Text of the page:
Pioneers of Environmental Protection
21, 1838 in Dunbar, Scotland
Died: 1914 in a Los Angeles
Attended the University of
Wisconsin, 1860 - 1863
Authored many books and influential
writings detailing conservation and preservation ideas
Called the "Father of the
National Park System"
Helped found the Sierra Club in 1892
and was president until his death
Father of two daughters
Through his works and deeds, John
Muir helped to create America’s National Parks, its National
Monuments and its great forest reserves.
Muir began his conservation career
after an accident, while working in a carriage parts shop, left him
with a blinding eye injury. Upon recovering, he vowed to turn his
eyes toward the fields and the woods. He traveled the United States,
contracting malaria in 1867 while on his trek across the Florida
swamps to the Gulf of Mexico.
Observations from his travels led him
to write about conserving and preserving America’s natural beauty.
Muir’s writings moved presidents, congressmen and plain Americans
to action. His book American Forests led President Grover
Cleveland to establish 13 Forest Reserves totaling more than 21
million acres. This eventually led to the creation of the U. S.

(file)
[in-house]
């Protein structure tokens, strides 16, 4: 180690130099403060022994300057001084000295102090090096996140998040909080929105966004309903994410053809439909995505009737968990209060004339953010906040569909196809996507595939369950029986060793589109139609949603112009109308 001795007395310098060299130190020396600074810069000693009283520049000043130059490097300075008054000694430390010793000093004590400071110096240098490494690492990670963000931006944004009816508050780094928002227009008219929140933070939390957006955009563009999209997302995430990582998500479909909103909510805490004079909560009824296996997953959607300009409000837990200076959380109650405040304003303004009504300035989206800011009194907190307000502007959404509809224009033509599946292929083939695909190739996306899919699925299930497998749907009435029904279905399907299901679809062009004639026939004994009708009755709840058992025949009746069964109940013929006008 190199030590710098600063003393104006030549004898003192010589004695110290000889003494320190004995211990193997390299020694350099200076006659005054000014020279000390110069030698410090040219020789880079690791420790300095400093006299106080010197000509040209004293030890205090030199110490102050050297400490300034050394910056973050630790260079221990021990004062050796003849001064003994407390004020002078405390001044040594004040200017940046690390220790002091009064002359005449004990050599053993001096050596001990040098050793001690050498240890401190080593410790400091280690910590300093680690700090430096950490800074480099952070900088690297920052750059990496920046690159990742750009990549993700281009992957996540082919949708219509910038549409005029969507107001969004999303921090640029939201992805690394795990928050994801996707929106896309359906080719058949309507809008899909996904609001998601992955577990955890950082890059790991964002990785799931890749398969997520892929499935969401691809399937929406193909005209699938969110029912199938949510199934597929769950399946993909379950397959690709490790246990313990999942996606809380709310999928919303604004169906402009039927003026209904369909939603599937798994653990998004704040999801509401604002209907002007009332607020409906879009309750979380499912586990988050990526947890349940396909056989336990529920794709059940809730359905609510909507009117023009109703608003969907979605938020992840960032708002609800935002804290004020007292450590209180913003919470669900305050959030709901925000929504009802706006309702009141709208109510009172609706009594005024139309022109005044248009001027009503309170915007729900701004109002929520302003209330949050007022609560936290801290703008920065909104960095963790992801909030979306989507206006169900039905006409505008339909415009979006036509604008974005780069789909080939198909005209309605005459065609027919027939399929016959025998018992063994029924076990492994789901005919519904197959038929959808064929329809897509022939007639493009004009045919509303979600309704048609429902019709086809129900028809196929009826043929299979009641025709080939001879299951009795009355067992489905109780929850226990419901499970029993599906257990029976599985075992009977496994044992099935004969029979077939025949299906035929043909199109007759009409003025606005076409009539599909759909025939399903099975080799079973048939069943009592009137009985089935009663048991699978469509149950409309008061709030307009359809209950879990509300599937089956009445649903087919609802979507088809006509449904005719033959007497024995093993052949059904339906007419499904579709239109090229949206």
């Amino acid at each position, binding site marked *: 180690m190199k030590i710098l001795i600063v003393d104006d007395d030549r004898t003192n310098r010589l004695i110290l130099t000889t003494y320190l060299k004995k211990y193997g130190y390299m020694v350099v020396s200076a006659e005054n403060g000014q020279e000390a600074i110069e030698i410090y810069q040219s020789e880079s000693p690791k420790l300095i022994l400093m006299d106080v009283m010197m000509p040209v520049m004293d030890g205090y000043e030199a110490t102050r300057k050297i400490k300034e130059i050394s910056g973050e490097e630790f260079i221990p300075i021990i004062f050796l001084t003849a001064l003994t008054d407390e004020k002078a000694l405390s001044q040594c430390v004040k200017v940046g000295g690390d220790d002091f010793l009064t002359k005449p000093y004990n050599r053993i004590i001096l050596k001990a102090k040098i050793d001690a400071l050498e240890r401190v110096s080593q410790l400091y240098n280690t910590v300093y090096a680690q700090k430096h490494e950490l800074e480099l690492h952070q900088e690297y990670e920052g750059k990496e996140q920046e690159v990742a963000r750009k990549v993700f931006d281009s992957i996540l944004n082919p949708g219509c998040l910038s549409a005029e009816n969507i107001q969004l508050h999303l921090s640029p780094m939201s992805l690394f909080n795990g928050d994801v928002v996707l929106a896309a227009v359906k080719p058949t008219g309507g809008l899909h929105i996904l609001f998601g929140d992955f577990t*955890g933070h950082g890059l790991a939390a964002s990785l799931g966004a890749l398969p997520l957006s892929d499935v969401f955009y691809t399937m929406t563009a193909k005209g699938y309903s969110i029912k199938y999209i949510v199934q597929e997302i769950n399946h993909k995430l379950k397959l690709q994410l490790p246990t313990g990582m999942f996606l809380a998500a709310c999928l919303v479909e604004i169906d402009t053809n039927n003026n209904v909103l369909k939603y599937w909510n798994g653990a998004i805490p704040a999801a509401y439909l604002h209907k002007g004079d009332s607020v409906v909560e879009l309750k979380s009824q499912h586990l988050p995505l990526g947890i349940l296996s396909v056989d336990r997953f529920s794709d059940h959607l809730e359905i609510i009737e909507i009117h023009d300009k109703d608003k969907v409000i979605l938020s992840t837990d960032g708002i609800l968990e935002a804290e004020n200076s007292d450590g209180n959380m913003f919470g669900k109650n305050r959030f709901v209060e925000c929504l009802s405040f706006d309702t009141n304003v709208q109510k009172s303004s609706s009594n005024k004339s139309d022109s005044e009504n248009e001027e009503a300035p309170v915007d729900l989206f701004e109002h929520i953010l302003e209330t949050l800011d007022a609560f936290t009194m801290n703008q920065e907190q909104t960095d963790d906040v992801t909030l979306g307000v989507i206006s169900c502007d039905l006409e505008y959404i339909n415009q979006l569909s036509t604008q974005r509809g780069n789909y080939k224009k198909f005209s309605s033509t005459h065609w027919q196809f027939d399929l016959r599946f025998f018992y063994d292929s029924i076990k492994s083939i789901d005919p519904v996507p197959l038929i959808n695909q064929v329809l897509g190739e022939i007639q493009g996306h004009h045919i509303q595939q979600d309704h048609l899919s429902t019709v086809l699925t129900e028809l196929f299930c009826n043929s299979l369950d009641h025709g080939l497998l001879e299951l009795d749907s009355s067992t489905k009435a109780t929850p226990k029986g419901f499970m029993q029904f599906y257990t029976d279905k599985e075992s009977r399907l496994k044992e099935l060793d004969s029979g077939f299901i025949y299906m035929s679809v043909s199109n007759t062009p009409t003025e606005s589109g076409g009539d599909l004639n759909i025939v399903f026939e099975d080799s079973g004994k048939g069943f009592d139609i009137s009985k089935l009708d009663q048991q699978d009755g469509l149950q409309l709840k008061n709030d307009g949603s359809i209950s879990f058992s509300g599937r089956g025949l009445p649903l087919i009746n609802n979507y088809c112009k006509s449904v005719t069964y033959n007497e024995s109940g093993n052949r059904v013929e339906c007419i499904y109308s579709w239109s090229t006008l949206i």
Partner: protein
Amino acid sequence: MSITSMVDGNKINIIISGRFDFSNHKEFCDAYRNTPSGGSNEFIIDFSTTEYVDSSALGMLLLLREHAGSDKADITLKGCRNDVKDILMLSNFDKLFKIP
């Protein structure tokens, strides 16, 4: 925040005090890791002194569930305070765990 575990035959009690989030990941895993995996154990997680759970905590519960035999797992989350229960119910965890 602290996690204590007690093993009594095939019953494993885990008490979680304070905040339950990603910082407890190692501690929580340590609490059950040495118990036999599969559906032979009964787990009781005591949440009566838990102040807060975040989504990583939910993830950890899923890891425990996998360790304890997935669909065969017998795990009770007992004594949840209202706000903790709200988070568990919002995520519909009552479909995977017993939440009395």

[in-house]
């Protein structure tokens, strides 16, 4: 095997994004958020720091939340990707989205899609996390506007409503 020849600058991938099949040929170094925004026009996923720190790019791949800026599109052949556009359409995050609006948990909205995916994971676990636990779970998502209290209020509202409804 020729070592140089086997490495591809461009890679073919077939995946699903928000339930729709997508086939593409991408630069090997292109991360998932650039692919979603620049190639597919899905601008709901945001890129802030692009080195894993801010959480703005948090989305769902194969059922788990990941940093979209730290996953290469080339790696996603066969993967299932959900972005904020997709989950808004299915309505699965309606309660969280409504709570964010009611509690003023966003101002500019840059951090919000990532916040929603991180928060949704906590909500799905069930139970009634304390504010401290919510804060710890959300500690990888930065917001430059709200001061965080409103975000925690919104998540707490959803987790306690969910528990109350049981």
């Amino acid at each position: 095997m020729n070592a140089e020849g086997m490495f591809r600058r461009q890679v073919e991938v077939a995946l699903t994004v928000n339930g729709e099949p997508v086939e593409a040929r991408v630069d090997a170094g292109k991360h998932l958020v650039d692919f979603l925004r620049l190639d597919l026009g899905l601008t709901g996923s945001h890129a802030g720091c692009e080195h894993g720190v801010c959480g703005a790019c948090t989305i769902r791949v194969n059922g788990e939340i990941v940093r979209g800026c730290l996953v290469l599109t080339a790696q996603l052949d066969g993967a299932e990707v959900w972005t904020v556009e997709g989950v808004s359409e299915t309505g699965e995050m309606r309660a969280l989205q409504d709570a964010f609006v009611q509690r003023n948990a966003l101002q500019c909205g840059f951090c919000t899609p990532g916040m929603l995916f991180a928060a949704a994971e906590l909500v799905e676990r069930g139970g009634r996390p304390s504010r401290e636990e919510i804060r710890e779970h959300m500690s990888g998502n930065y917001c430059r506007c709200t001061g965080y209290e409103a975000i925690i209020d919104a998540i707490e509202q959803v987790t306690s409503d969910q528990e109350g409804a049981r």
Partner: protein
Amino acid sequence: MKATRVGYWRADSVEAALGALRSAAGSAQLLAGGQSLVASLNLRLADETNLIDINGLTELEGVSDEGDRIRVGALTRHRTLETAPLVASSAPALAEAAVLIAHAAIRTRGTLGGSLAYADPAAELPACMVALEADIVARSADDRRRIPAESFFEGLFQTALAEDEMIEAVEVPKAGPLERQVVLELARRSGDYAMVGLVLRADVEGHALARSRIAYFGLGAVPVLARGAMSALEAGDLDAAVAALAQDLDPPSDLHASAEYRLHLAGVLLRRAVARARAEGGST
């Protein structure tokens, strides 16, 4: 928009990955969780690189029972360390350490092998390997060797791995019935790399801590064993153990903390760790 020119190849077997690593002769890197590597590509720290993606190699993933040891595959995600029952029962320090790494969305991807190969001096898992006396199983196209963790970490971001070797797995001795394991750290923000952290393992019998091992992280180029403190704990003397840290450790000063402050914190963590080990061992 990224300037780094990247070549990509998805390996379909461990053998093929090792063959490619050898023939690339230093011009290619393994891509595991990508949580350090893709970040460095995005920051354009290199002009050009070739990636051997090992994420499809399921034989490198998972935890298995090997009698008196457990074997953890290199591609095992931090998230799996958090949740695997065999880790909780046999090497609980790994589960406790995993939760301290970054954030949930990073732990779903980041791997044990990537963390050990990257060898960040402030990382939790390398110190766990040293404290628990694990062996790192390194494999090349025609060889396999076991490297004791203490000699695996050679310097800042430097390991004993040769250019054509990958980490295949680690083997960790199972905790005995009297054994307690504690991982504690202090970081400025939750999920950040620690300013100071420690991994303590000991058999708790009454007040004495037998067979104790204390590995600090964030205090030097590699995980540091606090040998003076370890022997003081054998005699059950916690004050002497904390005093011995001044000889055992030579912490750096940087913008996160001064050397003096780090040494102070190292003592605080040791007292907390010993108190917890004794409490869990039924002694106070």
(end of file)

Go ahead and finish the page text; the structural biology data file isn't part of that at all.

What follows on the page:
President Theodore Roosevelt was
moved by Muir’s book, Our National Parks, published in
1901. Muir and Roosevelt met in 1903 and together they laid the
foundation of Roosevelt’s conservation programs. During his term,
Roosevelt established 148 million acres of National Forest, five
National Parks, and 23 National Monuments. He established the nation’s
first wildlife refuge on Pelican Island in Florida as a result of
his meeting with Muir.
Muir had a direct hand in the
preservation of land resulting in the creation of Yosemite (1890),
Sequoia (1890), Mount Rainier (1897), Petrified Forest (1906), and
Grand Canyon (1908) National Parks. In 1892, he helped to found the
Sierra Club to "make the mountains glad." Today it is
America’s oldest and largest environmental organization. He was
president of the club from its start until his death in 1914.
Long after his death, Muir continues
to be an inspiration to those striving to protect the natural
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